Cote First Nation votes to remove council


Members of the Cote First Nation staged a vote of non-confidence last week to oust their chief and council over accusations of fraud and embezzlement.

Rosalind Caldwell, leader of the group that organized the vote, said on Thursday that more than 1,000 votes in favor of the non-confidence motion had been received since July 26. In theory, this should be enough to relieve Chief Norman Whitehawk and his council of their duties. But despite Caldwell's statements that the results are now "official," the council has not stepped down and the next steps are uncertain.

Last Tuesday's vote arose out of claims of severe corruption among Chief Whitehawk and some members of the Cote First Nation Band Council.

"At first I thought we were talking maybe a hundred dollars or something that was misplaced," said Caldwell.

But upon reviewing dozens of documents given to her by four members of council "excluded" from its activities, Caldwell claims she discovered evidence of corruption on a much larger scale. She now suggests that as much as $27 million of band money has been mishandled, most of it from the 2008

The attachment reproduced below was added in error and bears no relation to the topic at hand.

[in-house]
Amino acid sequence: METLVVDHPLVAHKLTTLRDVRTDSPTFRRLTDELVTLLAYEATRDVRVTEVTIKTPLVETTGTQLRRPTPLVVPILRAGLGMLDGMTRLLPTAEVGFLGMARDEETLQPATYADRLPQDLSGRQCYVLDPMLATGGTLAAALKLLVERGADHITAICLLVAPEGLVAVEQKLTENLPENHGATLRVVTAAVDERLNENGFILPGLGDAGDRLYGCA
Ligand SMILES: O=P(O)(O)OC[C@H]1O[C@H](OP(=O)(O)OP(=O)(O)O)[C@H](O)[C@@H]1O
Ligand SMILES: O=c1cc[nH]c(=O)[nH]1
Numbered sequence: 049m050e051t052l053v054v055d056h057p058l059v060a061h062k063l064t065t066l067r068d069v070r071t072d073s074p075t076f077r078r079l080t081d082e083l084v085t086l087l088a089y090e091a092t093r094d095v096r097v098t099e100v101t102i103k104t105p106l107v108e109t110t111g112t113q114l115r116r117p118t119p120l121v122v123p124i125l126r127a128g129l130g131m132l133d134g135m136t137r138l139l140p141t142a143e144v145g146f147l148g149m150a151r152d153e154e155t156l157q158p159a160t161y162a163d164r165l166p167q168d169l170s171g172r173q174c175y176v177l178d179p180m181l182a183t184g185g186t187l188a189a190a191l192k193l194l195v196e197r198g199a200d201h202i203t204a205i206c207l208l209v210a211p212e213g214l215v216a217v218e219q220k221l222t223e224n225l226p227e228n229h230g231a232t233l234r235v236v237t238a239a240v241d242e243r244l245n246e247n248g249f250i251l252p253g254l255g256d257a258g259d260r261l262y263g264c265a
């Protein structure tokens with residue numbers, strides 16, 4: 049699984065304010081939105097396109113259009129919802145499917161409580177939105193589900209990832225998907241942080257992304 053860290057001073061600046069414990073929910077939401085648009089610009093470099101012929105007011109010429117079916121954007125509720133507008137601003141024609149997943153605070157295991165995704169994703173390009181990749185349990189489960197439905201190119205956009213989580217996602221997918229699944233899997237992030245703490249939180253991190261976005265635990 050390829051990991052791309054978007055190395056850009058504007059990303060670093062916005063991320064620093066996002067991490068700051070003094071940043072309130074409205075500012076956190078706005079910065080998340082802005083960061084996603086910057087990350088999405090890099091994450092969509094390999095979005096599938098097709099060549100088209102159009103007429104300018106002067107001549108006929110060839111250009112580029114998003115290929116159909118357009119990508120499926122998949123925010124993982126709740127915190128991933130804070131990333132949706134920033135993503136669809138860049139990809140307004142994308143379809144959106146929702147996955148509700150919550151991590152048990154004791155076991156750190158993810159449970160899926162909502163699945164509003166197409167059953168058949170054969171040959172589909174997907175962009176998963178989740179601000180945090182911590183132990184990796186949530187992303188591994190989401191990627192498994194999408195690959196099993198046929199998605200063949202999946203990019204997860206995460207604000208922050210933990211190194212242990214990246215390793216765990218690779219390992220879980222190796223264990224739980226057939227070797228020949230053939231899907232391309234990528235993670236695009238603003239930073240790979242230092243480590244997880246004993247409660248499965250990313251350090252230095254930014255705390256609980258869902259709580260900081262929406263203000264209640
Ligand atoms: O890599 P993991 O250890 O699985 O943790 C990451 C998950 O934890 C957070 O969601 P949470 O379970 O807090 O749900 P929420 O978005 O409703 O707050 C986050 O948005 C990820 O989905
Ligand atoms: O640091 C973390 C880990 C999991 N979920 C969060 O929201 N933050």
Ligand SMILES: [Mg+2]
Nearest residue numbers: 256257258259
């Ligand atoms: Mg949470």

Pelly Haylands land claim settlement.

"It's gone. It's spent. Nobody knows where the money is."

Caldwell, a Regina-based urban band member, insists that she has the documentation to prove a long list of illegal acts by the Chief and council. She said she delivered it to police late last week in pursuit of criminal charges.

But the band leadership-in the midst of signing a land claim settlement even larger than the Pelly Haylands claim-remains in place, and Chief Whitehawk continues to enjoy fervent support among some Cote members.

The non-confidence vote on July 26 was an unorthodox one; according to Caldwell, the members were locked out of their own band hall and a sign was posted on the door threatening trespassing charges against any voters who entered.

The Cote First Nation is governed under a Band Custom Election Act, meaning that Aboriginal Affairs and Northern Development Canada has no power to determine the legitimacy of the non-confidence vote.

"They are responsible for resolving any internal disputes. Our role is very hands-off," said Aboriginal Affairs spokesperson Rod Desnomie on Thursday.

If the band fails to achieve consensus, the matter can be taken to the courts.

Caldwell believes that consensus has been achieved. She and her fellow petitioners spent last week meeting with Elders for the purpose of appointing an electoral officer and setting dates for nominations and a new band election.

Chief Whitehawk did not respond to requests for comment.

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